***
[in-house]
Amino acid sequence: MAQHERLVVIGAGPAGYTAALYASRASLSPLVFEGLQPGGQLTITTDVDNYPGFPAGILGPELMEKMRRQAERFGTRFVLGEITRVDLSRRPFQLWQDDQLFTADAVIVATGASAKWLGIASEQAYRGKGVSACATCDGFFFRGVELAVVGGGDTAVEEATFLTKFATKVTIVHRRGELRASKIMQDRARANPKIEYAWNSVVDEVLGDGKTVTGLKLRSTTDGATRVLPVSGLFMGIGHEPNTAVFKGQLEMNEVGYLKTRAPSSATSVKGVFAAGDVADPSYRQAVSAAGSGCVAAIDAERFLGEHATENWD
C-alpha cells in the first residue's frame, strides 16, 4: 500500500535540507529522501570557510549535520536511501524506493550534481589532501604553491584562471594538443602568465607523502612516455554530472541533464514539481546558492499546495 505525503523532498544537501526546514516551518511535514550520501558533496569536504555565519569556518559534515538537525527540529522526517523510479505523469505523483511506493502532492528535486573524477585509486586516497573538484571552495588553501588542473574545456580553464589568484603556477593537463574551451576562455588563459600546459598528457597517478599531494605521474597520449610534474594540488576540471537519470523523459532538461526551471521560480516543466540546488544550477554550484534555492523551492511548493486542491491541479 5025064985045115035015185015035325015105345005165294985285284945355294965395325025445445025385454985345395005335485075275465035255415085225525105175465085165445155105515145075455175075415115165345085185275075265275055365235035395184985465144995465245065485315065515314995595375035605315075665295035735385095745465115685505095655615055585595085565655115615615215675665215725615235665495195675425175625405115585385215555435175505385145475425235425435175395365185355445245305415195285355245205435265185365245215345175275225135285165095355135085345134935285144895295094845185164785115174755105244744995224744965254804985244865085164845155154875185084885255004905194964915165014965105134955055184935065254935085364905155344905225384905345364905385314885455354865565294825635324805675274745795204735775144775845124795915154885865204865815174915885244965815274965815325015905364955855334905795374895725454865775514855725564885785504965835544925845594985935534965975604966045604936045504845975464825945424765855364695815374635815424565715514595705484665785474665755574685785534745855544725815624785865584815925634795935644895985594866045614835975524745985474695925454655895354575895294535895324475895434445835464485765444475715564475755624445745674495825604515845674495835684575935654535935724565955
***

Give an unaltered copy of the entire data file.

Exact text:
[in-house]
Amino acid sequence: MAQHERLVVIGAGPAGYTAALYASRASLSPLVFEGLQPGGQLTITTDVDNYPGFPAGILGPELMEKMRRQAERFGTRFVLGEITRVDLSRRPFQLWQDDQLFTADAVIVATGASAKWLGIASEQAYRGKGVSACATCDGFFFRGVELAVVGGGDTAVEEATFLTKFATKVTIVHRRGELRASKIMQDRARANPKIEYAWNSVVDEVLGDGKTVTGLKLRSTTDGATRVLPVSGLFMGIGHEPNTAVFKGQLEMNEVGYLKTRAPSSATSVKGVFAAGDVADPSYRQAVSAAGSGCVAAIDAERFLGEHATENWD
C-alpha cells in the first residue's frame, strides 16, 4: 500500500535540507529522501570557510549535520536511501524506493550534481589532501604553491584562471594538443602568465607523502612516455554530472541533464514539481546558492499546495 505525503523532498544537501526546514516551518511535514550520501558533496569536504555565519569556518559534515538537525527540529522526517523510479505523469505523483511506493502532492528535486573524477585509486586516497573538484571552495588553501588542473574545456580553464589568484603556477593537463574551451576562455588563459600546459598528457597517478599531494605521474597520449610534474594540488576540471537519470523523459532538461526551471521560480516543466540546488544550477554550484534555492523551492511548493486542491491541479 5025064985045115035015185015035325015105345005165294985285284945355294965395325025445445025385454985345395005335485075275465035255415085225525105175465085165445155105515145075455175075415115165345085185275075265275055365235035395184985465144995465245065485315065515314995595375035605315075665295035735385095745465115685505095655615055585595085565655115615615215675665215725615235665495195675425175625405115585385215555435175505385145475425235425435175395365185355445245305415195285355245205435265185365245215345175275225135285165095355135085345134935285144895295094845185164785115174755105244744995224744965254804985244865085164845155154875185084885255004905194964915165014965105134955055184935065254935085364905155344905225384905345364905385314885455354865565294825635324805675274745795204735775144775845124795915154885865204865815174915885244965815274965815325015905364955855334905795374895725454865775514855725564885785504965835544925845594985935534965975604966045604936045504845975464825945424765855364695815374635815424565715514595705484665785474665755574685785534745855544725815624785865584815925634795935644895985594866045614835975524745985474695925454655895354575895294535895324475895434445835464485765444475715564475755624445745674495825604515845674495835684575935654535935724565955